Date of Award
Doctor of Philosophy
School of Natural Sciences
Faculty of Computing, Health and Science
Dr Ian Bennett
Professor Paul Lavery
The development of a successful protocol for micropropagating seagrass provides a valuable tool for seagrass-restoration programs and a facility to study their biology (especially their physiology). This work reports on some of the culture requirements of some seagrasses that are commonly found in Western Australia: Posidonia coriacea, P. sinuosa, P. australis and Halophila ovalis. The protocol developed for H. ovalis allows very rapid multiplication and sustainable growth of cultures while the protocol developed for Posidonia requires further development. The culture of Posidonia cariacea proved to be problematic however experimental media that provided insights into its culture conditions. The carbohydrate source was the most important medium component as it affected the development of roots and leaves. The presence of sucrose in the culture media enhanced leaf growth (especially glucose) but decreased the proportion of white roots. More fresh weight, roots, leaves and the proportion of white roots were observed in Posidonia when they were grown in glucose-based media than in mannitol-based media. When mannitol was present in the media, the proportion of white roots was high, which could be attributed to its osmotic effects. Similar responses to sucrose, glucose and mannitol were also observed for P. australis and P. sinuosa. Halophila ovalis was able to grow rapidly on most experimental media. Growth was enhanced by the presence of sucrose in the media and was essential for rapid and sustained growth. Other media components altered the growth of this species, in particular levels of nitrogen (most importantly NH4) influenced root growth and morphology. When H. ovalis is grown in media in moderate or high levels of NH4, root length was significantly reduced and root hair was limited. When NH4 was omitted from the medium, roots were significantly longer and root hairs were prolific. Posidonia coriacea and Halophila ovalis have different growth strategies under natural conditions. H. ovalis is an early succession species that grows rapidly and responds to increased nutrients. P. coriacea is slower growing, colonises later and is Jess responsive to environmental changes than H. ovalis. While the growth responses observed for P. coriacea were significant (in some cases), the differences between means were considerably smaller when compared with H. ovalis. This may be due to the different growth strategies of these species or a lack of fundamental requirement in the conditions under which P. coriacea was grown. Much of what is reported in this thesis for Posidonia will need repeating if the reasons for these differences are identified in the future. In summary, in this thesis I have demonstrated that in vitro propagation of these seagrass species is possible, It is necessary for species-specific protocols to be developed which take into consideration the growth strategies employed by each species. This is particularly significant as many researchers attempt to draw comparisons between species and protocols. The protocols developed in this research increase the knowledge of the biology of these seagrasses and can be incorporated into transplantation protocols in the future.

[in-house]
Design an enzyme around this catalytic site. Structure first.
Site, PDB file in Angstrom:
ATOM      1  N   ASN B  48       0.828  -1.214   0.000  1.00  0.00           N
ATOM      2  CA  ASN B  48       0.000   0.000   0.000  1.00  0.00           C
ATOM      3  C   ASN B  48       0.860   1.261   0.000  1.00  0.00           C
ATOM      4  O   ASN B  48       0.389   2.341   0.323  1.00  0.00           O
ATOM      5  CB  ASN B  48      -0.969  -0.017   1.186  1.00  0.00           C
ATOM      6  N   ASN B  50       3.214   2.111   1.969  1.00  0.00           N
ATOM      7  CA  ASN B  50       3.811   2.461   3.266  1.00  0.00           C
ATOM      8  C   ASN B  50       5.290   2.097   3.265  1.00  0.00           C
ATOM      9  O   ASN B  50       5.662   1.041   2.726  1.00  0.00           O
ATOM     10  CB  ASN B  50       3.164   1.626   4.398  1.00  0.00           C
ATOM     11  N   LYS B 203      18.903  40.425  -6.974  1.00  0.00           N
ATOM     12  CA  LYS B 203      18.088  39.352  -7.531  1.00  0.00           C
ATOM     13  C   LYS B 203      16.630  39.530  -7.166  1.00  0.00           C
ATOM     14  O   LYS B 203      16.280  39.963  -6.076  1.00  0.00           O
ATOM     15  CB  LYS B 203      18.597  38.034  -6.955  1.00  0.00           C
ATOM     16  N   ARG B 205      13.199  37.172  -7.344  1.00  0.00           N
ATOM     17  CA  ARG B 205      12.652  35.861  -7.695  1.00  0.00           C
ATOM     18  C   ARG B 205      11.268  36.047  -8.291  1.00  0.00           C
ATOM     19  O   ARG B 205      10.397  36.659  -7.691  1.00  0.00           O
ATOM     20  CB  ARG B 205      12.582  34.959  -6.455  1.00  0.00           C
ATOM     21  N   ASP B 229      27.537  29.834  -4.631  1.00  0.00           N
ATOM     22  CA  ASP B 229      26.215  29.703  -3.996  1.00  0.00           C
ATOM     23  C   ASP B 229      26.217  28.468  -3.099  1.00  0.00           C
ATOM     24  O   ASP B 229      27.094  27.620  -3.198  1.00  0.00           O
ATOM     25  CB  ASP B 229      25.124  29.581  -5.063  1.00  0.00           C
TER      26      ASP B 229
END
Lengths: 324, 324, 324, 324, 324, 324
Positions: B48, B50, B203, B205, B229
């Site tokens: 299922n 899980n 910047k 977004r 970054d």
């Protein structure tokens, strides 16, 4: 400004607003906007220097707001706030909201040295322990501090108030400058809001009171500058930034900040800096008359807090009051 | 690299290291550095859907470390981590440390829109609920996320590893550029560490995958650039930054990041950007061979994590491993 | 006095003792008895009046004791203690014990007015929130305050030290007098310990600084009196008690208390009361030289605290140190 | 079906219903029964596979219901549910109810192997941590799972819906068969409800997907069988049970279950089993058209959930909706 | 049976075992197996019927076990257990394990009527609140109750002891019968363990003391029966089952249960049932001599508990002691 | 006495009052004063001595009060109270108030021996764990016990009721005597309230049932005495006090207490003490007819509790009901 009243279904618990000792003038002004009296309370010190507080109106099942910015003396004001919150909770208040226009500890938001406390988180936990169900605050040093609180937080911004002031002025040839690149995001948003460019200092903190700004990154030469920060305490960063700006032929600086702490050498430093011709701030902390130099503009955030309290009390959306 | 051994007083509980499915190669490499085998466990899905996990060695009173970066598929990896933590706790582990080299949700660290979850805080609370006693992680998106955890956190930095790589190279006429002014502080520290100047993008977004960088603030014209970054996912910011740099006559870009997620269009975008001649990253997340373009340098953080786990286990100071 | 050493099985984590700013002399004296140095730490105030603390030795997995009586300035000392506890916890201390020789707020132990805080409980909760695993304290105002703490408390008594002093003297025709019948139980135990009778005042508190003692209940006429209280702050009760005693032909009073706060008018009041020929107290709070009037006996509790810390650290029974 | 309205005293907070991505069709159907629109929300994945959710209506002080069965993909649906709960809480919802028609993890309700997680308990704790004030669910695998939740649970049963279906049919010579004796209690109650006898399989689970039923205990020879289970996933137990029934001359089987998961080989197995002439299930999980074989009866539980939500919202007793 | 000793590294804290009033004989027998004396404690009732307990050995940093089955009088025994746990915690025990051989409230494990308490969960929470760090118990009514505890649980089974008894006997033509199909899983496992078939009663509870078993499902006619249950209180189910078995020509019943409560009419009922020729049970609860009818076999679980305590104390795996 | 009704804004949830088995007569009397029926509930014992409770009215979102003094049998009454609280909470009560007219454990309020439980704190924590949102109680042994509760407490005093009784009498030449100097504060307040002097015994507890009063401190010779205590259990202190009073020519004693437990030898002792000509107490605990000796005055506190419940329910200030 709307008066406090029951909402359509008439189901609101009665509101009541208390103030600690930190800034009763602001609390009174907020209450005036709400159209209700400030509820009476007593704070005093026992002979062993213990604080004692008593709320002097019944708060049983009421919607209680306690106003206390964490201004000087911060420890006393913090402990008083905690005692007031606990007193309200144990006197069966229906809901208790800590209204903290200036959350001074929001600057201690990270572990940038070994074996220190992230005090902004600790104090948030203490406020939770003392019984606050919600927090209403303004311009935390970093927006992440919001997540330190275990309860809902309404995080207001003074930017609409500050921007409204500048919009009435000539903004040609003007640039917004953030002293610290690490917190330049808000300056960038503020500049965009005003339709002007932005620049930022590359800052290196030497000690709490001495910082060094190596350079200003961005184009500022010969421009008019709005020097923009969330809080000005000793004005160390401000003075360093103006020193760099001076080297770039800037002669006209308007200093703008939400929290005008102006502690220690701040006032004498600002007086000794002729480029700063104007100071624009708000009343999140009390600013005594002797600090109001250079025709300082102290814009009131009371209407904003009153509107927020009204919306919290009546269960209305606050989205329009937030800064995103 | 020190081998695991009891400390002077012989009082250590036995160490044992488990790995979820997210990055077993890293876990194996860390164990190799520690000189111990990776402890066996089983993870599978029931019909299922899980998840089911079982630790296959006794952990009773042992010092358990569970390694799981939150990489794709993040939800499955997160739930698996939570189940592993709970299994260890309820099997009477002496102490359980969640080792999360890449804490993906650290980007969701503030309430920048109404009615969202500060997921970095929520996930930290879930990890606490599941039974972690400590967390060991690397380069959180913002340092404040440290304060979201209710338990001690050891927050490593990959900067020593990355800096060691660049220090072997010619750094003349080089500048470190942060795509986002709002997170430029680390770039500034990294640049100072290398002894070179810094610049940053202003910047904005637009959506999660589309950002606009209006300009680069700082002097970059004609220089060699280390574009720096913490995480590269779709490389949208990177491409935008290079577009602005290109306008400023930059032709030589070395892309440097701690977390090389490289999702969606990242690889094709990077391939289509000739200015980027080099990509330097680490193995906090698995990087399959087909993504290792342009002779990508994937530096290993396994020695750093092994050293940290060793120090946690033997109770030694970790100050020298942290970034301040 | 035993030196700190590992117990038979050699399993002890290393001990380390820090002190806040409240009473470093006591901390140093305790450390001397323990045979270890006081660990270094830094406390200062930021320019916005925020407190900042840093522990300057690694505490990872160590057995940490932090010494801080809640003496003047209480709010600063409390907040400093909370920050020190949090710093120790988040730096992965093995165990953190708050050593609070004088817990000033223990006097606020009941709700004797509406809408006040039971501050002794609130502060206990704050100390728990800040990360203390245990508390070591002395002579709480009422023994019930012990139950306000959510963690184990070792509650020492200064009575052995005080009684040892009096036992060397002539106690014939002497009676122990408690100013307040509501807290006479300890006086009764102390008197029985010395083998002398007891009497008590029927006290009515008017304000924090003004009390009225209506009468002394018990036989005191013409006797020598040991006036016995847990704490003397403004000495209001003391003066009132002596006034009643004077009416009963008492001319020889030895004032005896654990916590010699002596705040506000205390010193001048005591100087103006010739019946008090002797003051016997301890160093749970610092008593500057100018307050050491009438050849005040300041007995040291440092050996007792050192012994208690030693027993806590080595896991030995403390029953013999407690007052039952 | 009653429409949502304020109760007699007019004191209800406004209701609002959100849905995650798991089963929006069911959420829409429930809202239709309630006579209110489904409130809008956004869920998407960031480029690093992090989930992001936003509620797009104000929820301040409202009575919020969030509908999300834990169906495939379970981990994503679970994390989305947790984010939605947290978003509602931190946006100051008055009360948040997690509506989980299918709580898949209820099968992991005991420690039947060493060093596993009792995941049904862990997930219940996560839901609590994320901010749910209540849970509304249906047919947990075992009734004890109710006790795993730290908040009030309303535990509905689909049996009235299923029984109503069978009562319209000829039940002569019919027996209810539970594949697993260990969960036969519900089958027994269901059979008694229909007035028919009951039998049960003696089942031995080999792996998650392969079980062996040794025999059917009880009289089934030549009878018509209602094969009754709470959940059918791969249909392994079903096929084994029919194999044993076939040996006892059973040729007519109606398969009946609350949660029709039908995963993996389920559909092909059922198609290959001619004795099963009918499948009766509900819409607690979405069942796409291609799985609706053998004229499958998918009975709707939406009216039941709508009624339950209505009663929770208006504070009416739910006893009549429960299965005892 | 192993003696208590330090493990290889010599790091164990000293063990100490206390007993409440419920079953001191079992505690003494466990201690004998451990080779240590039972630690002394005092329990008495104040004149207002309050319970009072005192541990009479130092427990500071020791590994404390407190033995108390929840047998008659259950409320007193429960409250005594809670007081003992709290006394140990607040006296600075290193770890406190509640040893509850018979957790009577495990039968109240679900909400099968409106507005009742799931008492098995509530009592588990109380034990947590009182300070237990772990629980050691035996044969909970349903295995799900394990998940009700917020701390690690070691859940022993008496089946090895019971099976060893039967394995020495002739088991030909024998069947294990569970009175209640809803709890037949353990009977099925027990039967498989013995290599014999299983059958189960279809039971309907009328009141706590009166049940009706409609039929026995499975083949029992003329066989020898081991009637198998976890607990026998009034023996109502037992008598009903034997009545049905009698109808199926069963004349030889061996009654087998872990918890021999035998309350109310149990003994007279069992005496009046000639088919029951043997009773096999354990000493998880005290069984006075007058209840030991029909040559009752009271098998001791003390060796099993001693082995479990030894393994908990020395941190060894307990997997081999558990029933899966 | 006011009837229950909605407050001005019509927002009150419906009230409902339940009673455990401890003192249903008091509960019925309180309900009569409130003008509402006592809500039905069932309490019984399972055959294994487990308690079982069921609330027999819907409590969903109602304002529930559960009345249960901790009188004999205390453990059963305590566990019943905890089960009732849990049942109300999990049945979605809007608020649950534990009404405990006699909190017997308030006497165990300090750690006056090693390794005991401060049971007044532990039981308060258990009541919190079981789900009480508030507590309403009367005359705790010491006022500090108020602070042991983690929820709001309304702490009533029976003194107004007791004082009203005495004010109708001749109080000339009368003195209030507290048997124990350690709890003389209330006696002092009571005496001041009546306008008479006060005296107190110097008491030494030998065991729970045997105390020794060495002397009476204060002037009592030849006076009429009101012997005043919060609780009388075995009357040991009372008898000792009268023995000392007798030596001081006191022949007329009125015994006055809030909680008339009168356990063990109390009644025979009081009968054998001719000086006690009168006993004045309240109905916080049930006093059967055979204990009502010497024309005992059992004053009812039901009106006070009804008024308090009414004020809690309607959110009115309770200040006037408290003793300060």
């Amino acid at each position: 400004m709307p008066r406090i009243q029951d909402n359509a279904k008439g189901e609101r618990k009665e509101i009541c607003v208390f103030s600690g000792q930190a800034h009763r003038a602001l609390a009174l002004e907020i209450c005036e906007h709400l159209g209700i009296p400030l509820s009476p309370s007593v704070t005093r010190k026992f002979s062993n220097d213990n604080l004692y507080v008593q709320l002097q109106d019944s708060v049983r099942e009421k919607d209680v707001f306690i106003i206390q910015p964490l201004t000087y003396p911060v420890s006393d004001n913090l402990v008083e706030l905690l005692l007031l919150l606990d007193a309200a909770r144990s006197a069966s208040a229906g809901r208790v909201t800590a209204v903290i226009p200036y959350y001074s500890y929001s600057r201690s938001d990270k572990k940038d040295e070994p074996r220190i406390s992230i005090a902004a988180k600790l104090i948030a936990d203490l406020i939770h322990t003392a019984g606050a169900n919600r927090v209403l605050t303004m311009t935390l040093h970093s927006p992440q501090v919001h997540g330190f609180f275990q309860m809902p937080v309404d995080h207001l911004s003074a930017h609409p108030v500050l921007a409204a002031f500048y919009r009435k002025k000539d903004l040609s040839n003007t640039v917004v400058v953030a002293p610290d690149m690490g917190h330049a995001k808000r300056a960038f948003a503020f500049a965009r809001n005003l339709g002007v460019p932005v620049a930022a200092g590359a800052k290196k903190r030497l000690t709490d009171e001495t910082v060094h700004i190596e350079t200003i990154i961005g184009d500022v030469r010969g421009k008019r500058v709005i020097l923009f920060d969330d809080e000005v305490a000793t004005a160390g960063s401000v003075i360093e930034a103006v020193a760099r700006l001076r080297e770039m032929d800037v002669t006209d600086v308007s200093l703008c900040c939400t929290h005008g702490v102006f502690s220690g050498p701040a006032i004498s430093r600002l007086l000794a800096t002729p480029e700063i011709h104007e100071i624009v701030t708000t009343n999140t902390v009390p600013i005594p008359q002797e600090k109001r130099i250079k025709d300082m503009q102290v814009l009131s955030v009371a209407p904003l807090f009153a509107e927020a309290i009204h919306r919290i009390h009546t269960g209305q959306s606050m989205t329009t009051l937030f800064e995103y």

Wilson, J. (2004). In vitro propagation of some Western Australian seagrasses. Retrieved from http://ro.ecu.edu.au/theses/838